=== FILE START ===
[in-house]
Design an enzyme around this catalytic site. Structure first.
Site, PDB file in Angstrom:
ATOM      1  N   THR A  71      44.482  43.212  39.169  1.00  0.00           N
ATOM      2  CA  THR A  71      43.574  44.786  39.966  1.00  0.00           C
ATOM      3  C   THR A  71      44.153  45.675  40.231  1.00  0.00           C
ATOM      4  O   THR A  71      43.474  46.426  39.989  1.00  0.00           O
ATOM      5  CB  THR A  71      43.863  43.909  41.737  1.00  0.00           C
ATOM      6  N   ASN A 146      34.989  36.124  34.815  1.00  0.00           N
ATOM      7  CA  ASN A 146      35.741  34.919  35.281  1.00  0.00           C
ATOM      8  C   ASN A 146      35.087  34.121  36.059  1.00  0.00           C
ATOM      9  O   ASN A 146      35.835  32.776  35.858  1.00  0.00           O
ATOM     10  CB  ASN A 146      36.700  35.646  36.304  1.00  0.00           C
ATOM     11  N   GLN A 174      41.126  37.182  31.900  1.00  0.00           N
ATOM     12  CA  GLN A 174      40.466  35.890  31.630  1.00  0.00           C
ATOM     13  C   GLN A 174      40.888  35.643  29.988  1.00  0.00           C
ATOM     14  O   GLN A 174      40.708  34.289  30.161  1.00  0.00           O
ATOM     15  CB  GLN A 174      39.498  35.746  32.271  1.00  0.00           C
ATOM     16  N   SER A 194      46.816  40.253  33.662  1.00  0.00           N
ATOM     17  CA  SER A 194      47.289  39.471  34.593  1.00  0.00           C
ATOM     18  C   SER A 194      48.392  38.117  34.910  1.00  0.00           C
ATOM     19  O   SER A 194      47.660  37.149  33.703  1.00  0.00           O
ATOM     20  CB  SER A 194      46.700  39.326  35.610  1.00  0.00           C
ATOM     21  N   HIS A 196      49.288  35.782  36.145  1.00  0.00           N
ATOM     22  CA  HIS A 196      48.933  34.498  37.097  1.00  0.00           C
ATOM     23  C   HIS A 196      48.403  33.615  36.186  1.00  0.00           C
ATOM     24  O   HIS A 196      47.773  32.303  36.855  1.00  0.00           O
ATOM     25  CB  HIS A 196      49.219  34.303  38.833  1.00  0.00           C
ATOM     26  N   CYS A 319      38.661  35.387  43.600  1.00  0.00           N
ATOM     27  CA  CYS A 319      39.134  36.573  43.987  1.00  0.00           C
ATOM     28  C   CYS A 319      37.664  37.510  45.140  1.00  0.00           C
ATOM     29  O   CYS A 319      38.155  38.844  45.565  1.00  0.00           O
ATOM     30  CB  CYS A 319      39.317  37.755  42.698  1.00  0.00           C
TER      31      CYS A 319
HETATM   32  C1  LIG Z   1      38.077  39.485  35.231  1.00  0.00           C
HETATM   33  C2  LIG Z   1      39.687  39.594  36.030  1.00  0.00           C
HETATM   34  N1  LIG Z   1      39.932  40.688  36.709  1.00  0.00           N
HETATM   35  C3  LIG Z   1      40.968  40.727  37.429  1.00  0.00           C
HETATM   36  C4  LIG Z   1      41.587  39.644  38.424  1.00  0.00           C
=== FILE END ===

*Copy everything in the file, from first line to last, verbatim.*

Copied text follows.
[in-house]
Design an enzyme around this catalytic site. Structure first.
Site, PDB file in Angstrom:
ATOM      1  N   THR A  71      44.482  43.212  39.169  1.00  0.00           N
ATOM      2  CA  THR A  71      43.574  44.786  39.966  1.00  0.00           C
ATOM      3  C   THR A  71      44.153  45.675  40.231  1.00  0.00           C
ATOM      4  O   THR A  71      43.474  46.426  39.989  1.00  0.00           O
ATOM      5  CB  THR A  71      43.863  43.909  41.737  1.00  0.00           C
ATOM      6  N   ASN A 146      34.989  36.124  34.815  1.00  0.00           N
ATOM      7  CA  ASN A 146      35.741  34.919  35.281  1.00  0.00           C
ATOM      8  C   ASN A 146      35.087  34.121  36.059  1.00  0.00           C
ATOM      9  O   ASN A 146      35.835  32.776  35.858  1.00  0.00           O
ATOM     10  CB  ASN A 146      36.700  35.646  36.304  1.00  0.00           C
ATOM     11  N   GLN A 174      41.126  37.182  31.900  1.00  0.00           N
ATOM     12  CA  GLN A 174      40.466  35.890  31.630  1.00  0.00           C
ATOM     13  C   GLN A 174      40.888  35.643  29.988  1.00  0.00           C
ATOM     14  O   GLN A 174      40.708  34.289  30.161  1.00  0.00           O
ATOM     15  CB  GLN A 174      39.498  35.746  32.271  1.00  0.00           C
ATOM     16  N   SER A 194      46.816  40.253  33.662  1.00  0.00           N
ATOM     17  CA  SER A 194      47.289  39.471  34.593  1.00  0.00           C
ATOM     18  C   SER A 194      48.392  38.117  34.910  1.00  0.00           C
ATOM     19  O   SER A 194      47.660  37.149  33.703  1.00  0.00           O
ATOM     20  CB  SER A 194      46.700  39.326  35.610  1.00  0.00           C
ATOM     21  N   HIS A 196      49.288  35.782  36.145  1.00  0.00           N
ATOM     22  CA  HIS A 196      48.933  34.498  37.097  1.00  0.00           C
ATOM     23  C   HIS A 196      48.403  33.615  36.186  1.00  0.00           C
ATOM     24  O   HIS A 196      47.773  32.303  36.855  1.00  0.00           O
ATOM     25  CB  HIS A 196      49.219  34.303  38.833  1.00  0.00           C
ATOM     26  N   CYS A 319      38.661  35.387  43.600  1.00  0.00           N
ATOM     27  CA  CYS A 319      39.134  36.573  43.987  1.00  0.00           C
ATOM     28  C   CYS A 319      37.664  37.510  45.140  1.00  0.00           C
ATOM     29  O   CYS A 319      38.155  38.844  45.565  1.00  0.00           O
ATOM     30  CB  CYS A 319      39.317  37.755  42.698  1.00  0.00           C
TER      31      CYS A 319
HETATM   32  C1  LIG Z   1      38.077  39.485  35.231  1.00  0.00           C
HETATM   33  C2  LIG Z   1      39.687  39.594  36.030  1.00  0.00           C
HETATM   34  N1  LIG Z   1      39.932  40.688  36.709  1.00  0.00           N
HETATM   35  C3  LIG Z   1      40.968  40.727  37.429  1.00  0.00           C
HETATM   36  C4  LIG Z   1      41.587  39.644  38.424  1.00  0.00           C